higher temperature (160-200C) as well long time to be prepared [37]. With this in mind, development of efficient
methods to synthesize magnetic nanostructures with well-defined size distributions and shapes are one of the key
trends in inorganic and physical chemistry.
It goes without saying that a very intensive investigation has been conducted to look for new strategies to prepare
magnetic nanoparticles with tailor-made properties through appropriately attached functional moieties. In
particular, for biomedical and contaminant removal applications, water-soluble nanoparticles are usually required.
Then, to produce the nanoparticles is common to use the chemical coprecipitation technique from iron salts and the
most recognized method was presented by R. Massart [38], however the magnetic nanoparticles produced by this
method occur at, or above of 100C, and greater dimensions than 100 nm are produced by preparing solutions
containing [Fe (III)/Fe (II)], that may be coated with surfactants such as oleic acid or some other compounds, and
heating above 100C [38-40]. From the methodology developed in this work, is possible to obtain, not only
hydrophobics, as those obtained previously, also hydrophilic magnetite nanoparticles [41, 42].
Nowadays, these nanoparticles are produced in such a way that their toxicity is low and they have been
functionalized with proteins that human beings can tolerate [43]. Moreover, obtaining these nanoparticles was
made more complicated and the simplicity proposed by Massart was lost.
Therefore, it is a synthetic challenge to develop new and optimize procedures already existent to obtain single
stable domain particles under milder chemical conditions [20].
In this paper, we present a modification of the Massarts method which allows obtaining polydisperse magnetite
nanoparticles in easy way at temperatures below 80C, with a particle size that corresponds to the boundary
between superparamagnetic and single stable domain behavior. This method may be divided into three simple
stages easy to implement which allows satisfy to main objectives: i) synthesizing low-sized nanoparticles below of
100C and ii) obtaining magnetite nanoparticles with a hydrophobic coating.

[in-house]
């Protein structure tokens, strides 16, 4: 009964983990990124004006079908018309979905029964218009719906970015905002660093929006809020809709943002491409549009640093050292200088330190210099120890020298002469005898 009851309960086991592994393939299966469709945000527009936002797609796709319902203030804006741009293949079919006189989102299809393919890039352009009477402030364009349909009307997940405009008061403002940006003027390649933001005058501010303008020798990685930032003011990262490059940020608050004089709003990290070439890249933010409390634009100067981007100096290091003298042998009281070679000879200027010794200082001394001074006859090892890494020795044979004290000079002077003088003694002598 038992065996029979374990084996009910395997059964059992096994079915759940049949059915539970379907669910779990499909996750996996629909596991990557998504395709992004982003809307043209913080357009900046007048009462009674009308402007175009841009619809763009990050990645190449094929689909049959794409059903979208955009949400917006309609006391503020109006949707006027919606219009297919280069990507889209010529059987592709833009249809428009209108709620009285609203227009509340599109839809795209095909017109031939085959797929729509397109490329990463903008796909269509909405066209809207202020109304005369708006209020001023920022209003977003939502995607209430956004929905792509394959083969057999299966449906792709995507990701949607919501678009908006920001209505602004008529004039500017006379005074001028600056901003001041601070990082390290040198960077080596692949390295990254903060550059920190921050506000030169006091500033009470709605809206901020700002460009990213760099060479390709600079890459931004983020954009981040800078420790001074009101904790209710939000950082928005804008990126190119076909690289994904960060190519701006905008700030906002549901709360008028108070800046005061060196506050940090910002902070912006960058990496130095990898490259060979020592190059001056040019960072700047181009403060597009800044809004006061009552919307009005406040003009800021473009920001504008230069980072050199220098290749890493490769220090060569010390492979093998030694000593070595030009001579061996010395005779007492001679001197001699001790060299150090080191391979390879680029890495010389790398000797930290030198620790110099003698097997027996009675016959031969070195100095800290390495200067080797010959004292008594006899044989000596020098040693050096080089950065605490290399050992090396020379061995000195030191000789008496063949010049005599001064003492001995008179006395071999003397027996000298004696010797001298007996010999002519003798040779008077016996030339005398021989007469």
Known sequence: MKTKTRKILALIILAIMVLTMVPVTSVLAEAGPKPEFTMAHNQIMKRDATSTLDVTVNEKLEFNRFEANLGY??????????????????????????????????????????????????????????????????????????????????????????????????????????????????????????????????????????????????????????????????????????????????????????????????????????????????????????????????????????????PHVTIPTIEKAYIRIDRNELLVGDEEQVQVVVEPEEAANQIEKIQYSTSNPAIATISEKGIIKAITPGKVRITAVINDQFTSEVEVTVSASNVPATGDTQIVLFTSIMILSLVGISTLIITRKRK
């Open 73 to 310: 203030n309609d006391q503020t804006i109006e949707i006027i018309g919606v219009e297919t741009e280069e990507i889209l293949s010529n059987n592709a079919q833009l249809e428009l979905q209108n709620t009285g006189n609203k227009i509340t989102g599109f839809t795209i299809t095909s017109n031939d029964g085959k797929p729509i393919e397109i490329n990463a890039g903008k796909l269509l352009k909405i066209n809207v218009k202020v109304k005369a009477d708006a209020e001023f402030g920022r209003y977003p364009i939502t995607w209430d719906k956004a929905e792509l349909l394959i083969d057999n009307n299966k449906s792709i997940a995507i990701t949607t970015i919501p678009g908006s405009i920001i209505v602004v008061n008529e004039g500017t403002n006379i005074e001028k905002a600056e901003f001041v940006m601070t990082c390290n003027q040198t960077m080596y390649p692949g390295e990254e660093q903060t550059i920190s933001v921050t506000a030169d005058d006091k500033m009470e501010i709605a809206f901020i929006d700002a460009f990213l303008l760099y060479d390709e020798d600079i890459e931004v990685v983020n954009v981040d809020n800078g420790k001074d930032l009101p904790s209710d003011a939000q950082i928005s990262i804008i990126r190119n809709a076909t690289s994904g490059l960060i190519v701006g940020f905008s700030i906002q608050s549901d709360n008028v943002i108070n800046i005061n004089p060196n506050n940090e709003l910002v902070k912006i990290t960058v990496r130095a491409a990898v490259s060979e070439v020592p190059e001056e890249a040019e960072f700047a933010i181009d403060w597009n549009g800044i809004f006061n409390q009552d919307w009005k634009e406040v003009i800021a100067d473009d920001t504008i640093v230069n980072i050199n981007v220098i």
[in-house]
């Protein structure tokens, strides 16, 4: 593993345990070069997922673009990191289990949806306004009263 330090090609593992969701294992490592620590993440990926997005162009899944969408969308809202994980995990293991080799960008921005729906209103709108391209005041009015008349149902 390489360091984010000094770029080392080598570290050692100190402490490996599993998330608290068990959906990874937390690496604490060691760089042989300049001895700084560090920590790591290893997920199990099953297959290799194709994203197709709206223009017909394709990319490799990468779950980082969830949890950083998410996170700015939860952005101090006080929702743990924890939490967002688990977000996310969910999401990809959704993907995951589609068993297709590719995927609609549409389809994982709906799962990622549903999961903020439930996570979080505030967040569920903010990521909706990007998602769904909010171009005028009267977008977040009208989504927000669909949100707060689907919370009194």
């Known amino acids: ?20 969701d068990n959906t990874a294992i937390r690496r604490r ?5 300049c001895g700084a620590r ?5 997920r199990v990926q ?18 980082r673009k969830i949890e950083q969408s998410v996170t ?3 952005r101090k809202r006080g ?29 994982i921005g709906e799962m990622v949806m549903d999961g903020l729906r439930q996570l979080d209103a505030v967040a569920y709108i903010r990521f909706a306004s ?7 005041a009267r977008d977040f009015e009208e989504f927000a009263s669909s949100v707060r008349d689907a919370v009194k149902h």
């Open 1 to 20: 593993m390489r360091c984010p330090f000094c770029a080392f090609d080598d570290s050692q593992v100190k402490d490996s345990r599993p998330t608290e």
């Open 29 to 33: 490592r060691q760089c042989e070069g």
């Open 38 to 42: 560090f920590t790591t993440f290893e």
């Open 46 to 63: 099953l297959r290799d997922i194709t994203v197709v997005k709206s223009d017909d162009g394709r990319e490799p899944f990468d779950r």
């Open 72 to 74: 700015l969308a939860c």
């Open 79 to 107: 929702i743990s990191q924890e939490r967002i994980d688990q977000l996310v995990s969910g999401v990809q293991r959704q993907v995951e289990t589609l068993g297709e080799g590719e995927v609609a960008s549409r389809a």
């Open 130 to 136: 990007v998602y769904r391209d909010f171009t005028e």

This kind of magnetic nanoparticles have applications in bio- and nanotechnology systems [19, 20, 44]. Magnetite
nanoparticles in the boundary size of single to multi domains are produced by various organisms e.g.,
magnetotactic bacteria, birds and fishes, using these nanoparticles as sensors of geomagnetic field to aid their
navigation [45]. In this sense, among the wide range of applications, biologists and geologists used the
biomineralized magnetite nanoparticles as biomarkers to study current or fossil records [46, 47].
Materials and Methods
For the preparation of the magnetite nanoparticles we used ferric chloride (FeCl36H2O), ferrous chloride
(FeCl24H2O) and oleic acid (C18H34O2) all of them of reagent degree. Also ammonium hydroxide (NH4OH) at 28%,
were used without any further purification. Ultrapure Milli-Q water (18.2) was used throughout the experiment.
Infrared spectrum was obtained using an Avatar 360 FT-IR, x-ray patterns were obtained using a GBC-MMA


F. Mata-Prez, J. R. Martnez, A. L. Guerrero, G. Ortega-Zarzosa

Diffech MMA diffractometer with filtered CuK ( = 1.54 ) radiation and MAUD program was used to refine the
crystalline structure and corroborate the presence of magnetite. Micrographs were obtained from transmission
electron microscopy at 100 kV using a JEOL-1230. The size particle was measured using a DLS Nanosizer, and the
magnetic properties were determined using an Alternating Force Gradient (AGM) magnetometer with a maximum
applied field of 10 kOe.
The synthesis of magnetite nanoparticles was carried out at low temperatures in three simple stages, which are
described below.
1) Fisrt Stage
One solution (s1) with 24.5 ml of ammonium hydroxide is dissolved in 200 ml of deionized water under stirring
during 3 minutes. Then, the temperature increases a ratio of 3C/min until was reached 40C, at this point, add
1.5 ml of oleic acid while stirring at 1050 rpm and temperature still increasing at 3C/min until it reaches 80C.
2) Second Stage
Two solutions are prepared, one with 0.66 g of ferric chloride dissolved in 10 ml of deionized water (s2), and the
other with 1.08 g of ferrous chloride dissolved in 20 ml of deionized water (s3). Both solutions are stirred, using
a magnetic stir at 1050 rpm.
3) Third Stage
The (s1) is cooled from 80C to 70C while stirring at 1050 rpm, then (s2) and (s3) are slowly added to (s1) and
then, the mix is newly heated to reach 80C to form the magnetite nanoparticles. Once the magnetite
nanoparticles precipitate, they are cooled at room temperature and finally, they are dried and washed for three
times using deionized water.
Results and Discussion
Figure 1 shows that the IR spectrum has well-defined bands extended in the range from 500 to 790 cm-1. These
bands have been assigned to vibrational modes of the magnetite and the sharp peak centered in 590 cm-1 is